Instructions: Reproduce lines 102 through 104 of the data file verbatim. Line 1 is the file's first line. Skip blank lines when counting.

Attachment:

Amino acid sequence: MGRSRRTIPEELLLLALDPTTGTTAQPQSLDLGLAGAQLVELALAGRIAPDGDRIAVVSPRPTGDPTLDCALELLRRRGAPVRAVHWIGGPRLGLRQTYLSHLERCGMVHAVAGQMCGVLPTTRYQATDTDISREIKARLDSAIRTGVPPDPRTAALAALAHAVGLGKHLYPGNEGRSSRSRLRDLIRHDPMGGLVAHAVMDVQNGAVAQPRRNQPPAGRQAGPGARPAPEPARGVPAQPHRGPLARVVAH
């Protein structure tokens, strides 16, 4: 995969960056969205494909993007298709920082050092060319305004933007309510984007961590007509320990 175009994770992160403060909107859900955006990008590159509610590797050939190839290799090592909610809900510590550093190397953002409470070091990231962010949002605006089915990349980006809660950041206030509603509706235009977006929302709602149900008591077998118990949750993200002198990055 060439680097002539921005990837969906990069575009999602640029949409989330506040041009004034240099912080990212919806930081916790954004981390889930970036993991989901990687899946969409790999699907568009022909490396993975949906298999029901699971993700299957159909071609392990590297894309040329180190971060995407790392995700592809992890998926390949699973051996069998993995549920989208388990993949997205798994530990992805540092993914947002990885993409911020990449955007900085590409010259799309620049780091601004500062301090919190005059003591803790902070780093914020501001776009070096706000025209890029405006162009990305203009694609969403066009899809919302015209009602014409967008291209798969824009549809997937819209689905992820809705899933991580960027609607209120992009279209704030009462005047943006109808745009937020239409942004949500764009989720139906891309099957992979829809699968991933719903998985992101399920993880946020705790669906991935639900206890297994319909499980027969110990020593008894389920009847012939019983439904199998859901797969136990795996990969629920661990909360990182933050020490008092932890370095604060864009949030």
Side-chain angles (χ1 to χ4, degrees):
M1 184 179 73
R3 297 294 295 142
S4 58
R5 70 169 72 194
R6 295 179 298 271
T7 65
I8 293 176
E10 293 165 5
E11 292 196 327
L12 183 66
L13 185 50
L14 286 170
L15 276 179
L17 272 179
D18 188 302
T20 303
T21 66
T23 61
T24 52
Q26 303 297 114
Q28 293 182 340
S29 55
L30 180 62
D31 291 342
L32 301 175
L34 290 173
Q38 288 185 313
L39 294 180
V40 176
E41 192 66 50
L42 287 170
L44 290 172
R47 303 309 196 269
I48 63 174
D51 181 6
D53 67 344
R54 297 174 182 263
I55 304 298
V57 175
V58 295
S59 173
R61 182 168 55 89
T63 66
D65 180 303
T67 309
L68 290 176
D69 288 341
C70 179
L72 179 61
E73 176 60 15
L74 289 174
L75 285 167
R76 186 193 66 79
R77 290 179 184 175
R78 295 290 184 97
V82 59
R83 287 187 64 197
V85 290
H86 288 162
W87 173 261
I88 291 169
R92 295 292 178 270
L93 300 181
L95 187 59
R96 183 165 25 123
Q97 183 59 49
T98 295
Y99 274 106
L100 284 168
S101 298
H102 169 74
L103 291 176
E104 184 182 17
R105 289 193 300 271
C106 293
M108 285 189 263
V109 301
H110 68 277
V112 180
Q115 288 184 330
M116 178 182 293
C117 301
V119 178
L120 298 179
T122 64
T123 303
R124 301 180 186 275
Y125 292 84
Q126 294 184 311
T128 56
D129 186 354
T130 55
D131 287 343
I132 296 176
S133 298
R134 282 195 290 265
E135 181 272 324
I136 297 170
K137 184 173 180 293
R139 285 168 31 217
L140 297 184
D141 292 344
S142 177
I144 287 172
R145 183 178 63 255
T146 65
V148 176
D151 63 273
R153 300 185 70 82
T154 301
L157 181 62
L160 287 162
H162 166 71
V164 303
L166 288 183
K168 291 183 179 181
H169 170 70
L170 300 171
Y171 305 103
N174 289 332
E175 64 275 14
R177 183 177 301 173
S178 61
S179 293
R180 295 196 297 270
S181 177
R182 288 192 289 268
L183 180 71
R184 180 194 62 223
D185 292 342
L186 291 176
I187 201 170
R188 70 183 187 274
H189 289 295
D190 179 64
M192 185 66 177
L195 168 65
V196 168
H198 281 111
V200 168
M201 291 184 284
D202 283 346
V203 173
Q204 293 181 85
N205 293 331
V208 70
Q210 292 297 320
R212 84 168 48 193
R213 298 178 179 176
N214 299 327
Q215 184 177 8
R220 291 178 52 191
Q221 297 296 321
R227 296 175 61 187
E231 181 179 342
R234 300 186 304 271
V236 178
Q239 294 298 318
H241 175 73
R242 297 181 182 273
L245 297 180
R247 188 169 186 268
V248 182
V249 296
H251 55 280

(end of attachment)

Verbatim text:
K137 184 173 180 293
R139 285 168 31 217
L140 297 184